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Play Winning Chess from the publisher "Everyman Chess"

Winning Chess Tactics from the publisher "Everyman Chess"

Winning Chess Strategies from the publisher "Everyman Chess"

Books > BO-Beginner More reviews from this authorMore reviews from this publisher

Title: Play Winning Chess Price: 12,99 ISBN: 1-85744-331-4
Title: Winning Chess Tactics Price: 14,99 ISBN: 1-85744-333-0
Title: Winning Chess Strategies Price: 14,99 ISBN: 1-85744-332-2
 
Language: English Pages: 222 - 257
Cover: Paperback Published: 2003
Publisher: Everyman Chess Homepage: http://everymanchess.com
Author: Yasser Seirawan (with Jeremy Silman)
Reviewed by: Soren Sogaard Date: 17/4 2003

Winning Chess

Everyman has published the first 3 books in the new series "Winning Chess" by American Grandmaster Yasser Seirawan (co-author IM Jeremy Silman). The other two books in this series are "Winning Chess Endings" and "Winning Chess Openings" that I suppose will be published later although I haven't seen any information concerning these books. To call these books "new" is not exactly the words I would use after a closer look! After looking at the books for a while, I couldn't help thinking that I heard of these books before, but nowhere in the books can I find anything telling that the books in fact is a reprint!!

I don't mind that good books are printed again, and maybe even expanded or revised, but the least a publisher could do is to tell it to the reader/buyer. I am not sure about when these books were published the first time, but I know that Microsoft Press published the books in 1999. Furthermore in the book "Winning Chess Tactics" you can read that

"As we go to press with this book, we are stunned to learn of the death of Mikhail Tal at the age of 55. We are all poorer for his loss. His games will be his everlasting memorial"

Tal died in 1992 so my best shot is that these books were written about ten years ago. I have nothing against this, but why didn't the publisher/author go over the book and made a few corrections? Then I didn't have to read about Seirawan that "Seirawan lives in Seattle, Washington, where he is the editor of Inside Chess magazine. Readers are invited to write to: Inside Chess... for a complimentary copy." Everyone knows that Inside Chess doesn't exist any more ;-) Well enough of this, my point is that these books was written 10 years ago, and that this edition seems to be a reprint of the original books. Before I go on a little word about the cover and the layout of the books: The cover is very nice to look at and is much better than the average chess book. Also the layout and proofreading of the book is of high quality which I guess is due to Microsoft Press?!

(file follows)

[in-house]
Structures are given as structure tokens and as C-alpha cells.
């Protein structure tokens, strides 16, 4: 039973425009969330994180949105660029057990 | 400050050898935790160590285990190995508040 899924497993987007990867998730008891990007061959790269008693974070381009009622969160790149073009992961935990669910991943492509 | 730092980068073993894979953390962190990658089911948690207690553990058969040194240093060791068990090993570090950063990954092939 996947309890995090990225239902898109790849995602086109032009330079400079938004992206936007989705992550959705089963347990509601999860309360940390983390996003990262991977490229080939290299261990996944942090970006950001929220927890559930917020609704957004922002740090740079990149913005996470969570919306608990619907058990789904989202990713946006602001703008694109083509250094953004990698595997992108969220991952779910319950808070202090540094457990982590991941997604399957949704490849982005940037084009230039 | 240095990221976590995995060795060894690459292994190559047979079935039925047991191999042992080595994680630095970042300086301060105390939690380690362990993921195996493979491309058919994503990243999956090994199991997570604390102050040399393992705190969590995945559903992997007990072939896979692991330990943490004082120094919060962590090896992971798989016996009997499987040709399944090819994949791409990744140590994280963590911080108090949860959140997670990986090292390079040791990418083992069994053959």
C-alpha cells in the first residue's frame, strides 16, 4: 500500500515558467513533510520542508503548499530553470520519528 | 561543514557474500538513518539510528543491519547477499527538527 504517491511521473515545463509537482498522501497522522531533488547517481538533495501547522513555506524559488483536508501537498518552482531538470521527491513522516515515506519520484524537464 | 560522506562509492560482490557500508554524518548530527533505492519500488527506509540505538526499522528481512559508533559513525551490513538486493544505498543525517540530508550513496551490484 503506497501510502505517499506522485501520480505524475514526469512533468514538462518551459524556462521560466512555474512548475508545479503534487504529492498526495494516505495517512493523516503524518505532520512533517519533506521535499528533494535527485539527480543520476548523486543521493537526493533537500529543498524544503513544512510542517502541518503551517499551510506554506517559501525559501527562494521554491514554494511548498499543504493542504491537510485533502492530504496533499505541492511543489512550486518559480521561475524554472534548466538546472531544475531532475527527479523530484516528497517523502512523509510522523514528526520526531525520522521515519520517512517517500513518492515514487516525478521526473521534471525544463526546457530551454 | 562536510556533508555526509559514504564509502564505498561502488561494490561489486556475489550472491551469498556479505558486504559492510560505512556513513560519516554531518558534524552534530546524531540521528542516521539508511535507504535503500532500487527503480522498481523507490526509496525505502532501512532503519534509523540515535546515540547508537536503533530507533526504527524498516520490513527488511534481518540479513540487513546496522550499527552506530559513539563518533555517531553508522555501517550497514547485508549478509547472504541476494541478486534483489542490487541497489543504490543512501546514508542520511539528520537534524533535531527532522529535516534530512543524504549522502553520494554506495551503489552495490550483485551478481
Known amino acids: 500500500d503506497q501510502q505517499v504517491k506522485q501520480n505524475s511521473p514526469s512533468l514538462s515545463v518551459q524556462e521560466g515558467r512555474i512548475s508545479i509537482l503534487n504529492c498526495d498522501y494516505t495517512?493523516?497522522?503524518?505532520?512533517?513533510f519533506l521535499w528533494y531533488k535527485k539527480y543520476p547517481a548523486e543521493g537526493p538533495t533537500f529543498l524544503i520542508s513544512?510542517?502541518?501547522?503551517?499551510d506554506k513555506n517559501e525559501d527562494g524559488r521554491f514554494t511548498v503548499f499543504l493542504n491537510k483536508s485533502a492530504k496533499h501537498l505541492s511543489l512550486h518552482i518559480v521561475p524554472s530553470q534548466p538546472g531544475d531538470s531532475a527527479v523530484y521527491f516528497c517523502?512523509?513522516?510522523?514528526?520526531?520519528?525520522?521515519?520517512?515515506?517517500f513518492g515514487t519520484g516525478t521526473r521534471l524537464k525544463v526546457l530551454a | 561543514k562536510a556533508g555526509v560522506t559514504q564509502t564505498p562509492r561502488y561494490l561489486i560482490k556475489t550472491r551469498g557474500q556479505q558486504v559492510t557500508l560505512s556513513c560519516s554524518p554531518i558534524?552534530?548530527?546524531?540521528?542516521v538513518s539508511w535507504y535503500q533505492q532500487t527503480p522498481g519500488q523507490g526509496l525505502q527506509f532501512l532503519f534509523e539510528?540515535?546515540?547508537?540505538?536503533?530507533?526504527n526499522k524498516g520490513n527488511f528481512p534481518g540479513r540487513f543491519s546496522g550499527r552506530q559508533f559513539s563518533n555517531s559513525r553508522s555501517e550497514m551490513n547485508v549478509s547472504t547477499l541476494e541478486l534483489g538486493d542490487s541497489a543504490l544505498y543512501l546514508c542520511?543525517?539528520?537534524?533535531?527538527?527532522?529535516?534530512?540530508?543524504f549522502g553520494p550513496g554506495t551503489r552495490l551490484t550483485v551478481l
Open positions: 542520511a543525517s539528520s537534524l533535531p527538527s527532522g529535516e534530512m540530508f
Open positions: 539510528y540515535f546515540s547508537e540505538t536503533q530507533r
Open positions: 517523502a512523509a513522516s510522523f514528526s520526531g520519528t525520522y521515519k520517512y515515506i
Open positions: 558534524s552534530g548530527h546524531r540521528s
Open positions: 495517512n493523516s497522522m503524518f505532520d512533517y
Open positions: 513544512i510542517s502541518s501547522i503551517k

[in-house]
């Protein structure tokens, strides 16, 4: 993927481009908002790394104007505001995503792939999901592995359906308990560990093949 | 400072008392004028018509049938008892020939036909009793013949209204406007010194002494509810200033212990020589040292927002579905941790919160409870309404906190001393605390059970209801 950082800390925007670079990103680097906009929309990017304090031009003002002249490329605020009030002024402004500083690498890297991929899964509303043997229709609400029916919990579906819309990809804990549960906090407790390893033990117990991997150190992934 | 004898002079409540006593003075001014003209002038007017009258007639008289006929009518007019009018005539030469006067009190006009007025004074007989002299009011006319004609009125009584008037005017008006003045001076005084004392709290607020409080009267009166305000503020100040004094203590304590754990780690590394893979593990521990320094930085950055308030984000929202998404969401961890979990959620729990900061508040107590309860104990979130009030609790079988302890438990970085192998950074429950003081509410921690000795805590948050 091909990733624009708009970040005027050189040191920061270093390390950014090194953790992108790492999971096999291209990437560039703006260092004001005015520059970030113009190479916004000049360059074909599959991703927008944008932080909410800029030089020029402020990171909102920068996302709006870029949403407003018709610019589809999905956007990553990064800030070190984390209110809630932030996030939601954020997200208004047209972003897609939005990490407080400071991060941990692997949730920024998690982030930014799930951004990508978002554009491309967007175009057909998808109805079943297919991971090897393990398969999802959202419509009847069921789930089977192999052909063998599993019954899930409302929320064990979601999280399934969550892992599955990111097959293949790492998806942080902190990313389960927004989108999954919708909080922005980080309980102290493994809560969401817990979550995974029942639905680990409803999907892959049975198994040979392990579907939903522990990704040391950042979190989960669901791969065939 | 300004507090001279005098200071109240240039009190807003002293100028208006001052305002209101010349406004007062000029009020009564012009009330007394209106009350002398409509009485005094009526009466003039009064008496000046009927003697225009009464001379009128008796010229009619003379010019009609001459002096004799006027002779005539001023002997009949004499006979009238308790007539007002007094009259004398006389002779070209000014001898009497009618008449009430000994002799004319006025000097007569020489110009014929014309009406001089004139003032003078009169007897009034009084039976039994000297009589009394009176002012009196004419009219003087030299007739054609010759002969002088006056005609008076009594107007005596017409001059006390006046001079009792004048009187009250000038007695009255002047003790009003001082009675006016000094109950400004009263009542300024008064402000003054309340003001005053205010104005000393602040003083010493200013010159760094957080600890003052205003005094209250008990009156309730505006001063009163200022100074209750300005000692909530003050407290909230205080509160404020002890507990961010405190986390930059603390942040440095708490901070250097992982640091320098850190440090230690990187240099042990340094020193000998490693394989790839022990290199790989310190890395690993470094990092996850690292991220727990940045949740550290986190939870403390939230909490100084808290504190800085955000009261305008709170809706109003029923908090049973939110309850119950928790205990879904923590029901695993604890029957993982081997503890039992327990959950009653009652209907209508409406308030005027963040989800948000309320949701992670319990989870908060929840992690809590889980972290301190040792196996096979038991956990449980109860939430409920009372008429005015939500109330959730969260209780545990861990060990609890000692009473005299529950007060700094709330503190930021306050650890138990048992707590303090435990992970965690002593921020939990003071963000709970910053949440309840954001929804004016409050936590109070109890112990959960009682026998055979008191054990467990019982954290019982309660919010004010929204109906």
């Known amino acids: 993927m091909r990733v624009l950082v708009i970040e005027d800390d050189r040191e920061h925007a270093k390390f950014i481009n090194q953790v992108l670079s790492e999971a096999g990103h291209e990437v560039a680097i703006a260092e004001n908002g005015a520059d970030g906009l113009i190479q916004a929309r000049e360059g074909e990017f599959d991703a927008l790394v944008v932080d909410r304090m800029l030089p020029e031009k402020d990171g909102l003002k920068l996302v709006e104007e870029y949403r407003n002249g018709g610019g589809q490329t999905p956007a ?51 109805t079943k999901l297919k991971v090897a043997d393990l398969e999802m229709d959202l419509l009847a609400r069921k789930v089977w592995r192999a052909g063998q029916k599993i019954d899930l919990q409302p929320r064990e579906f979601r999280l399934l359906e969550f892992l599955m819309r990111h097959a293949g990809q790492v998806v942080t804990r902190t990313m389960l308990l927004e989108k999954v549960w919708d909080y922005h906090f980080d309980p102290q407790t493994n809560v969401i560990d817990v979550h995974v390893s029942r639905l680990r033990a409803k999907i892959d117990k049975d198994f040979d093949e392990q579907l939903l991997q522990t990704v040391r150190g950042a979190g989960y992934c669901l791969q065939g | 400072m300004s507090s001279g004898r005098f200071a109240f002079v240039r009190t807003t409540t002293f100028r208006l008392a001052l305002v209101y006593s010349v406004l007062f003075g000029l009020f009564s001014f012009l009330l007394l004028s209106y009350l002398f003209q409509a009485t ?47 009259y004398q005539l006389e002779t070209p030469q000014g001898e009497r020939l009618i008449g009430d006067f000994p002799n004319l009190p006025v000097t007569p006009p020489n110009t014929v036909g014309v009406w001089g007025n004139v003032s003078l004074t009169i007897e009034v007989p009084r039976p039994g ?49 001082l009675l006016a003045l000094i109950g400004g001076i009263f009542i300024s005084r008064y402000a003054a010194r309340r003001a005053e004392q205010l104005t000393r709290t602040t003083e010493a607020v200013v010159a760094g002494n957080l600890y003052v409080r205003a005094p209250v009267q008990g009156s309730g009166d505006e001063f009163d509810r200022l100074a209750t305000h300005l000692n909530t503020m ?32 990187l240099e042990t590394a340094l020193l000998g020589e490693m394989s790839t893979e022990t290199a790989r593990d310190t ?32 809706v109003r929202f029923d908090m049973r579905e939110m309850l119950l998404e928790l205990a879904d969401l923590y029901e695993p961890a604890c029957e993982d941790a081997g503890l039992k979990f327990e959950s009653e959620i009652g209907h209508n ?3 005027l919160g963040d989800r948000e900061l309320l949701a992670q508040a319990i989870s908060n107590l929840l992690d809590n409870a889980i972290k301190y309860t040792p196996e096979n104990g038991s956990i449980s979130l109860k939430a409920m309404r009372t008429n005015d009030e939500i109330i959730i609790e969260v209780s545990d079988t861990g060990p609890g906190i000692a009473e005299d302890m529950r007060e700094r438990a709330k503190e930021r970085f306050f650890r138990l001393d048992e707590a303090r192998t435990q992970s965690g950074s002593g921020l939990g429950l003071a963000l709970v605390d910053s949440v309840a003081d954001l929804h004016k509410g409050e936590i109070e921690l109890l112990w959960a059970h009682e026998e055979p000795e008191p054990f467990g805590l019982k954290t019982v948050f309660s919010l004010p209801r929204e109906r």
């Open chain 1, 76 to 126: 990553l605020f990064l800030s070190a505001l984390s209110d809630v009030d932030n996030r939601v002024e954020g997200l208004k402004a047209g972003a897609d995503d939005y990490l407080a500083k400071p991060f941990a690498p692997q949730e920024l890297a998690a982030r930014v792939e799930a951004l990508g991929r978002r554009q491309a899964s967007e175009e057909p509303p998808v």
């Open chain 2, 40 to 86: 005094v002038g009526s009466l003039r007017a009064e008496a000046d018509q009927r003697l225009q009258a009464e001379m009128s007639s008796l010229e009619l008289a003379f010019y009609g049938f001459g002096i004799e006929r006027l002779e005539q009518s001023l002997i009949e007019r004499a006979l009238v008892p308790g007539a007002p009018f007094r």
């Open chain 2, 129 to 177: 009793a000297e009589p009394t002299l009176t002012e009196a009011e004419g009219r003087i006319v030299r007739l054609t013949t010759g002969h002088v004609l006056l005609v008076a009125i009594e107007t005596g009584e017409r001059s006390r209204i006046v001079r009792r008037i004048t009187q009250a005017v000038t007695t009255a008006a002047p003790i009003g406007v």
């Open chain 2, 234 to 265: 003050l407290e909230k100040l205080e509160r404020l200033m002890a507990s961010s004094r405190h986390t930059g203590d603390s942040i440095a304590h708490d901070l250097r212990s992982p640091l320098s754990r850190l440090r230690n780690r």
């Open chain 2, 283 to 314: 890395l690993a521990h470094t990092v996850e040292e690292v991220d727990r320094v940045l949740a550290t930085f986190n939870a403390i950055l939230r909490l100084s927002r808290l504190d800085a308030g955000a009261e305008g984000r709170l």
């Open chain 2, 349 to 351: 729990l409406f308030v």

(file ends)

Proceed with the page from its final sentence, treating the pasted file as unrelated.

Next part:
Play Winning Chess

The first book in the series is written for absolute beginners. In this book you learn about the pieces, the chessboard, how to move and other basic stuff. After this introduction Seirawan moves on to talk about his 4 Principles Force, Time, Space and Pawn Structure: "Each is easy to understand and each is a weapon that will enable you to defeat most anyone you challenge to a game." I guess that you cannot expect more from your first chessbook ;-)

To learn the beginner about the above 4 principles is of course only one way to write a book for beginners. I don't want to discuss if I agree with his method, but I think that the beginner can learn a lot from this book. Before we go on to the next book let's take a look at the content:

  • The Evolution of Chess
  • The First Principle: Force
  • The second Principle: Time
  • The Third Principle: Space
  • The Fourth Principle: Pawn Structure
  • Annotated Games
  • The Four Principles and You
  • Photo Album
  • Glossary
  • Answers to Quizzes and Tests

Throughout the book there are 31 quizzes and 24 tests to be solved by the reader,  QUIZ 31:

In an endgame should you:

  • Continue to defend your King?
  • Bring out your King to join in the battle?

Overall I think that this book is quite good, and I especially like that the readers are examined throughout the book.

 

Winning Chess Tactics

The second book is about chess tactics, and here the reader learns about the basic tactics and combinations like The Double Attack, The Pin, The Skewer and Zwischenzug. In the Introduction you can read was this book is all about: